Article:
Okay, okay. Only four more of these to go.
That could mean just four more games in the Terry Collins era. Seven years and one pennant later, Collins has guided the Mets to a 549-581 record, a mediocre .486 winning percentage that a third wild card berth might make competitive. The news of the day was a New York Post report that the team’s next manager will have ties to the organization. Some of the names floated don’t inspire much confidence — retreads like Robin Ventura (.463 managerial winning percentage), Bob Geren (.470) and Chip Hale (.457) — though former BP’er Keith Law’s perennial favorite candidate, Alex Cora, is also on the list.
A Mets rumor article wouldn’t be complete without accompanying snark:
— Craig Calcaterra (@craigcalcaterra) September 26, 2017
But wait! There’s more! Mere hours after the Post article informed readers that Sandy Alderson will advise Collins by Monday that he’ll manage the Mets no more, NorthJersey.com posted Collins’s own comments. While the Post speculated that the 68-year-old Collins would retire from baseball rather than suffer the indignity of having his contract expire, Collins insisted in the later piece that he’ll be in baseball next season — preferably with the Mets. It’s no secret that Fred Wilpon loves him some Terry Collins. He’s probably not above forcing the general manager’s hand. Optimistically, though, for those of us who are tired of watching Collins manufacture creative ways to bench Michael Conforto, if Wilpon were going to insist that Collins stay, the owner wouldn’t have allowed the manager’s contract to inch so close to expiration. He gone.
Aside from helming the 2015 NL champs and 2016 Wild Card Game loser, Collins may deserve some credit for presiding over R.A. Dickey’s 2012 Cy Young season. I’ll leave it to others to eulogize the soon-to-be-former manager, because last night’s game brought back fond memories of the knuckleballer who dominated opposing lineups for his three-year Mets career. Through six innings, Dickey demonstrated pinpoint control of the unpredictable pitch, retiring 13 straight at one point. Brandon Nimmo had two of the Mets’ five hits against Dickey, including a second-inning double that his teammates wasted. Nimmo’s second safety in the seventh immediately preceded Kevin Plawecki’s third dinger of the season. When Amed Rosario followed two batters later with a triple, Dickey’s night was over. The few Mets fans in attendance gave him a nice ovation as he departed.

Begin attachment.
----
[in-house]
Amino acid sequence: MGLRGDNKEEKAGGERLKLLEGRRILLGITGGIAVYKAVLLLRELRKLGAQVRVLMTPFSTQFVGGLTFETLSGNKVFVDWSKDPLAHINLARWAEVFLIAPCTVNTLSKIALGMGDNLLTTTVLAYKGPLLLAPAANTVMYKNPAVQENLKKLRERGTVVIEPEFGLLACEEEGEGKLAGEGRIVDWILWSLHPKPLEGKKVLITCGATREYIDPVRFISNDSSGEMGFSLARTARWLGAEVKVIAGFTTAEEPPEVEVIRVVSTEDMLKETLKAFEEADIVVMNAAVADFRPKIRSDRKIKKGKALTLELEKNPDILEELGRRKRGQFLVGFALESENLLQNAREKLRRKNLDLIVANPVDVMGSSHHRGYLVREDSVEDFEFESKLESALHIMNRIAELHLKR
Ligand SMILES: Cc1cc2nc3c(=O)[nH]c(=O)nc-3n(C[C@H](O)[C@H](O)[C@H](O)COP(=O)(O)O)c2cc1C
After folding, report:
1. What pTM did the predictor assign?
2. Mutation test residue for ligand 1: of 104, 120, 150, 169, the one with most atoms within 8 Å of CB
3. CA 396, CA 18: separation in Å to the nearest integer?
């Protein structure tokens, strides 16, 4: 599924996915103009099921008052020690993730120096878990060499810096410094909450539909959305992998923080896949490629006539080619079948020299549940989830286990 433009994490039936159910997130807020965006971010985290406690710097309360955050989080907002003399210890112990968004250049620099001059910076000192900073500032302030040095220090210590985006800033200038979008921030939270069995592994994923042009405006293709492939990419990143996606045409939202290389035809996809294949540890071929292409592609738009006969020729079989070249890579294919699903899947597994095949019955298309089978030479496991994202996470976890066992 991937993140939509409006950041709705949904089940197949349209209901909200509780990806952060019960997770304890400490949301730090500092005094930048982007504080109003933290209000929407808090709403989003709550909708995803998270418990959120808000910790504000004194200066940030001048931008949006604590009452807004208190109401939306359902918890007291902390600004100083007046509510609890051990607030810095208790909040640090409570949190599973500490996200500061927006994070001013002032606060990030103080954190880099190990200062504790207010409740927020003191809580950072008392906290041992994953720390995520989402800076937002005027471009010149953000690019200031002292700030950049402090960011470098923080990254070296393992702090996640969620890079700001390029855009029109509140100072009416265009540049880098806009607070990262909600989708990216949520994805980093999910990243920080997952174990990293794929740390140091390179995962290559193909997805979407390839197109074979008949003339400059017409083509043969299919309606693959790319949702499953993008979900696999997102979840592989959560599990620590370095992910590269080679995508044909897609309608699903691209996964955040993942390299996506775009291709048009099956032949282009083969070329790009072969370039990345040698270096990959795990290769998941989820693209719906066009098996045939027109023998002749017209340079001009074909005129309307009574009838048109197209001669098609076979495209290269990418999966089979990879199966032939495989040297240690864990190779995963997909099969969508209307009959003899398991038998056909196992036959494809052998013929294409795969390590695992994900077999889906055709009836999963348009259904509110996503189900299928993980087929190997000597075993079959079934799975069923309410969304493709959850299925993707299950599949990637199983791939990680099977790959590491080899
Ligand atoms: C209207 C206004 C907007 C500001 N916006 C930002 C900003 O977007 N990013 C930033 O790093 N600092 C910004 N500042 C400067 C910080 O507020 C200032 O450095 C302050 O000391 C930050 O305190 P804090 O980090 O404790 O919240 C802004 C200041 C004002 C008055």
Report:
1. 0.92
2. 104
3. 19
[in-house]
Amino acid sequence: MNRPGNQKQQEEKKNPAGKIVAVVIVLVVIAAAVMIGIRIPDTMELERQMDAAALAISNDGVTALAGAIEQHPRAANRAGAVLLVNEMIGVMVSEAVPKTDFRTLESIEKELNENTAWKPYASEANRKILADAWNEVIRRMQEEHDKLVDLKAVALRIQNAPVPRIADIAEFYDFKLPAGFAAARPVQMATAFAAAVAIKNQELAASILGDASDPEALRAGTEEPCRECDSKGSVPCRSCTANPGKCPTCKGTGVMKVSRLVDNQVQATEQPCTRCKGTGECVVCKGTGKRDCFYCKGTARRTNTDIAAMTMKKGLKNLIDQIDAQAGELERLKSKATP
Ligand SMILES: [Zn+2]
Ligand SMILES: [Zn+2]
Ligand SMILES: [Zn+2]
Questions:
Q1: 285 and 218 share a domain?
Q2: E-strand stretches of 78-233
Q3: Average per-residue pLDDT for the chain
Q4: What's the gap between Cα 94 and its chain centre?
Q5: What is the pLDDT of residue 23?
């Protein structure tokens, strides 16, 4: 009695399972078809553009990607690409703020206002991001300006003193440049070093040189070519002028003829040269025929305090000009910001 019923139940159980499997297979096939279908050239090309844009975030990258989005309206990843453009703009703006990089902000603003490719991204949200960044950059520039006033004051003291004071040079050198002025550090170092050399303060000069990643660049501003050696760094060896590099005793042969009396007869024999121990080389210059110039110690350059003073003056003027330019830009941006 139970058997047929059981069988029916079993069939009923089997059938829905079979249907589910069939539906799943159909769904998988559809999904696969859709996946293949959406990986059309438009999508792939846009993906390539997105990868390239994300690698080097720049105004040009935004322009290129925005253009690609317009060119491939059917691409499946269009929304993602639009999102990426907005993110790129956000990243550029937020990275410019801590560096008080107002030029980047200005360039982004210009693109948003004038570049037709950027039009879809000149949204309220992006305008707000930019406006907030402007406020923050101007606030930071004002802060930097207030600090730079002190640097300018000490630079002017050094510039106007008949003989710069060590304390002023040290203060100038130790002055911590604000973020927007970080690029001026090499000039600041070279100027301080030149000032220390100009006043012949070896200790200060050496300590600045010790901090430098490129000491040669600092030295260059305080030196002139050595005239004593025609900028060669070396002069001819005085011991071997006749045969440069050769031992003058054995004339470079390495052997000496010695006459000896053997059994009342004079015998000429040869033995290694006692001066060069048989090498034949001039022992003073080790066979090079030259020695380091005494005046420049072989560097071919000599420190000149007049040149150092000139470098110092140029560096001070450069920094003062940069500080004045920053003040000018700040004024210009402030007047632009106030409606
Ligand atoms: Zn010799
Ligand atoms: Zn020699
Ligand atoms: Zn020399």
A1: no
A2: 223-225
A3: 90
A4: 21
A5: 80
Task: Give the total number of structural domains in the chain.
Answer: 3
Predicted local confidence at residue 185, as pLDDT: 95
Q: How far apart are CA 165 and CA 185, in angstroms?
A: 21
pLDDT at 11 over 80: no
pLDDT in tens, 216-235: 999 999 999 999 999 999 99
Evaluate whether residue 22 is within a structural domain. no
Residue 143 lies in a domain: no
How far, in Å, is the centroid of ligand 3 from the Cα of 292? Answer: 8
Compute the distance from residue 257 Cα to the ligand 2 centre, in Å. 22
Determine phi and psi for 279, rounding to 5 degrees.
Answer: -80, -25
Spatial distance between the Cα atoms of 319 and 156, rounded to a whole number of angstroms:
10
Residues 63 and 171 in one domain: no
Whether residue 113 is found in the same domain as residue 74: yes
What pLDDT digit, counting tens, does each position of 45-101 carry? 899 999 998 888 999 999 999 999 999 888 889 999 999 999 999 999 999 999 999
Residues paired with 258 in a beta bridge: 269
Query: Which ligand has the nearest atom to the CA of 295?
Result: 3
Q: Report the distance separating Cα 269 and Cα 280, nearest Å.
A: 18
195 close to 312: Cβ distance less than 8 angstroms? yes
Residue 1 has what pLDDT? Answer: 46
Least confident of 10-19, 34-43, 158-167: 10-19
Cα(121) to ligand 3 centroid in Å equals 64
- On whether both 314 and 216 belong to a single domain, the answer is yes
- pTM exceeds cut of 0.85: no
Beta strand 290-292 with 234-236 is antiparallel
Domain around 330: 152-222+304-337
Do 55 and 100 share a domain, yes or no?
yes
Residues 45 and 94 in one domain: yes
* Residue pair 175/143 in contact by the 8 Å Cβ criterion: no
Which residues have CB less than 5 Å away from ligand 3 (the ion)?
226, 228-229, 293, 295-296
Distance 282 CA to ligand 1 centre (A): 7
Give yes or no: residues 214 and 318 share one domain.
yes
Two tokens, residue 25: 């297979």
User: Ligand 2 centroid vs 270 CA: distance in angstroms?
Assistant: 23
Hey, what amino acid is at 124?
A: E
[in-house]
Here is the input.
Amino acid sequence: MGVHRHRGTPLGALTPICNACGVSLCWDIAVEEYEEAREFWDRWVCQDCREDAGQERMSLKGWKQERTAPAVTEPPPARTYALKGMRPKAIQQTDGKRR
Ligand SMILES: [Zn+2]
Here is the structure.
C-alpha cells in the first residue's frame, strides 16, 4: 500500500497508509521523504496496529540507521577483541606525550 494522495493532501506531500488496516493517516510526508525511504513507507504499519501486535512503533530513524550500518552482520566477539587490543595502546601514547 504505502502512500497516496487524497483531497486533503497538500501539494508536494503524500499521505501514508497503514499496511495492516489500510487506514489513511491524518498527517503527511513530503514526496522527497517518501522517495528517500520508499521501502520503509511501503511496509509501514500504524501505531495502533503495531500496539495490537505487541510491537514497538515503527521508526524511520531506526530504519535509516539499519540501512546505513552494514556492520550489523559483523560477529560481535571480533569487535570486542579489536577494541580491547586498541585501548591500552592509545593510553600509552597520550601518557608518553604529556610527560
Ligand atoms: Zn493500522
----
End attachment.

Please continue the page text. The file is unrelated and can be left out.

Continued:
Technically, Rafael Montero delivered a quality start in his season’s final appearance. Three runs in six innings, no matter what else a pitcher does, conforms to the stat’s definition. Why was Montero’s start less than quality? Let us count the ways. First, he gave up all three runs in the first two innings, putting his team into an early hole. Next, he allowed 10 baserunners in those six innings, a ratio that inspires little confidence. Finally, Montero threw his typical 100 pitches but only struck out three Braves. If Montero is anything more than Triple-A depth in 2018, whoever manages the Mets will see a bunch more games like last night’s.
Still, a quality start is “quality” because it keeps a team in the game. The Mets were able to scratch across the tying run in the eighth thanks to an error by anonymous Braves third baseman Johan Camargo. After Jeurys Familia preserved the tie in the top of the ninth, the Mets walked off thanks to a Kevin Plawecki single, a Dom Smith walk and a Travis Taijeron line drive to left that would have been caught by nearly anyone other than anonymous Braves left fielder Jace Peterson. In this battle of who could care less, the Mets scored four and the Braves only three.
Photo Credit: Noah K. Murray, USA Today Sports